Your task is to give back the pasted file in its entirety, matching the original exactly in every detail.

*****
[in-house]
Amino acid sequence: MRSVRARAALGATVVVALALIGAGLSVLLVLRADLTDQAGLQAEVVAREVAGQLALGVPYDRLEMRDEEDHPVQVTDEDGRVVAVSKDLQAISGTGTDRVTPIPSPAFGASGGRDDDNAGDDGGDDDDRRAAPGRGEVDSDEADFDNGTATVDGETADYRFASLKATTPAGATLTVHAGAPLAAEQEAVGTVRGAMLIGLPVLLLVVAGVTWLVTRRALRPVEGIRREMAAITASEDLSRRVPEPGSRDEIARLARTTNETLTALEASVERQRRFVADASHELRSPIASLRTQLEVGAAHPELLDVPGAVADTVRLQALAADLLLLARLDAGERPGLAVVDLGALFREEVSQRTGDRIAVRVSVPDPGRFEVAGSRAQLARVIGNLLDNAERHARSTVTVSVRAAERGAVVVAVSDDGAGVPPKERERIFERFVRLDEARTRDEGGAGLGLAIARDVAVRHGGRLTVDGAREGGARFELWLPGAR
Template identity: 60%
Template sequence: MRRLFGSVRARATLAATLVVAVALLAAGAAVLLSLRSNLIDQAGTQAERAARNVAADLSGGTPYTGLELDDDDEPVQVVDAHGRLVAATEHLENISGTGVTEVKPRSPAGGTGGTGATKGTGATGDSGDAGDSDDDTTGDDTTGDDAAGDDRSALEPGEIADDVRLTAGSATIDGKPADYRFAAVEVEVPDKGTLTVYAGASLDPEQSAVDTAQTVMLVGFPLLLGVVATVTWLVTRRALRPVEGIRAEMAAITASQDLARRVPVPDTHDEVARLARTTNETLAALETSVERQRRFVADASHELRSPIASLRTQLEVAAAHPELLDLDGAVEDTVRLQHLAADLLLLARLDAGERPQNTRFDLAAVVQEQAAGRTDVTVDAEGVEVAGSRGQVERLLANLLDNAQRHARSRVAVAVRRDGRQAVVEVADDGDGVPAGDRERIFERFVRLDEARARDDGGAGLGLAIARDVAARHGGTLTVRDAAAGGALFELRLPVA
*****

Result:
[in-house]
Amino acid sequence: MRSVRARAALGATVVVALALIGAGLSVLLVLRADLTDQAGLQAEVVAREVAGQLALGVPYDRLEMRDEEDHPVQVTDEDGRVVAVSKDLQAISGTGTDRVTPIPSPAFGASGGRDDDNAGDDGGDDDDRRAAPGRGEVDSDEADFDNGTATVDGETADYRFASLKATTPAGATLTVHAGAPLAAEQEAVGTVRGAMLIGLPVLLLVVAGVTWLVTRRALRPVEGIRREMAAITASEDLSRRVPEPGSRDEIARLARTTNETLTALEASVERQRRFVADASHELRSPIASLRTQLEVGAAHPELLDVPGAVADTVRLQALAADLLLLARLDAGERPGLAVVDLGALFREEVSQRTGDRIAVRVSVPDPGRFEVAGSRAQLARVIGNLLDNAERHARSTVTVSVRAAERGAVVVAVSDDGAGVPPKERERIFERFVRLDEARTRDEGGAGLGLAIARDVAVRHGGRLTVDGAREGGARFELWLPGAR
Template identity: 60%
Template sequence: MRRLFGSVRARATLAATLVVAVALLAAGAAVLLSLRSNLIDQAGTQAERAARNVAADLSGGTPYTGLELDDDDEPVQVVDAHGRLVAATEHLENISGTGVTEVKPRSPAGGTGGTGATKGTGATGDSGDAGDSDDDTTGDDTTGDDAAGDDRSALEPGEIADDVRLTAGSATIDGKPADYRFAAVEVEVPDKGTLTVYAGASLDPEQSAVDTAQTVMLVGFPLLLGVVATVTWLVTRRALRPVEGIRAEMAAITASQDLARRVPVPDTHDEVARLARTTNETLAALETSVERQRRFVADASHELRSPIASLRTQLEVAAAHPELLDLDGAVEDTVRLQHLAADLLLLARLDAGERPQNTRFDLAAVVQEQAAGRTDVTVDAEGVEVAGSRGQVERLLANLLDNAQRHARSRVAVAVRRDGRQAVVEVADDGDGVPAGDRERIFERFVRLDEARARDDGGAGLGLAIARDVAARHGGTLTVRDAAAGGALFELRLPVA